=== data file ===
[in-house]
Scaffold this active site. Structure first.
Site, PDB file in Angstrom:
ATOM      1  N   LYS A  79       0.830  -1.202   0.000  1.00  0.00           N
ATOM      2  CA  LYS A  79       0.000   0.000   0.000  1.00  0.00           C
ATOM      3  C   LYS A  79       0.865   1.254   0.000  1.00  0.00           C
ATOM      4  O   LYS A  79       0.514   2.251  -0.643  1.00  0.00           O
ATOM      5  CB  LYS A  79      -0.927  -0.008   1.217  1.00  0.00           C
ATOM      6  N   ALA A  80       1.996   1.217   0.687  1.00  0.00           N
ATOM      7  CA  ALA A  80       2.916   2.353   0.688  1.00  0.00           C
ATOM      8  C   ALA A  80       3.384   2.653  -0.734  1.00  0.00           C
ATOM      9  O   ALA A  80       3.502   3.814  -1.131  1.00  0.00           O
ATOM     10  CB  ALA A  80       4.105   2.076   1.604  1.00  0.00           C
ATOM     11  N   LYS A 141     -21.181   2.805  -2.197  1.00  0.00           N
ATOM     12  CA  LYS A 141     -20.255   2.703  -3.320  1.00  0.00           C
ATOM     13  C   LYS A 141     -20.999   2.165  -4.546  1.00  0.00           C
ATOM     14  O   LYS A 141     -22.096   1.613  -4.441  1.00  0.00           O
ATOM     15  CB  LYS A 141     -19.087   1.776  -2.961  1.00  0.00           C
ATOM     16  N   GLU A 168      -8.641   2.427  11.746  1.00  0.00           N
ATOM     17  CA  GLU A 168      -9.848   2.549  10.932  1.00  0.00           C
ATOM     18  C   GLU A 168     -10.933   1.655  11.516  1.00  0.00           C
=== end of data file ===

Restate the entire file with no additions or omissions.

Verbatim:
[in-house]
Scaffold this active site. Structure first.
Site, PDB file in Angstrom:
ATOM      1  N   LYS A  79       0.830  -1.202   0.000  1.00  0.00           N
ATOM      2  CA  LYS A  79       0.000   0.000   0.000  1.00  0.00           C
ATOM      3  C   LYS A  79       0.865   1.254   0.000  1.00  0.00           C
ATOM      4  O   LYS A  79       0.514   2.251  -0.643  1.00  0.00           O
ATOM      5  CB  LYS A  79      -0.927  -0.008   1.217  1.00  0.00           C
ATOM      6  N   ALA A  80       1.996   1.217   0.687  1.00  0.00           N
ATOM      7  CA  ALA A  80       2.916   2.353   0.688  1.00  0.00           C
ATOM      8  C   ALA A  80       3.384   2.653  -0.734  1.00  0.00           C
ATOM      9  O   ALA A  80       3.502   3.814  -1.131  1.00  0.00           O
ATOM     10  CB  ALA A  80       4.105   2.076   1.604  1.00  0.00           C
ATOM     11  N   LYS A 141     -21.181   2.805  -2.197  1.00  0.00           N
ATOM     12  CA  LYS A 141     -20.255   2.703  -3.320  1.00  0.00           C
ATOM     13  C   LYS A 141     -20.999   2.165  -4.546  1.00  0.00           C
ATOM     14  O   LYS A 141     -22.096   1.613  -4.441  1.00  0.00           O
ATOM     15  CB  LYS A 141     -19.087   1.776  -2.961  1.00  0.00           C
ATOM     16  N   GLU A 168      -8.641   2.427  11.746  1.00  0.00           N
ATOM     17  CA  GLU A 168      -9.848   2.549  10.932  1.00  0.00           C
ATOM     18  C   GLU A 168     -10.933   1.655  11.516  1.00  0.00           C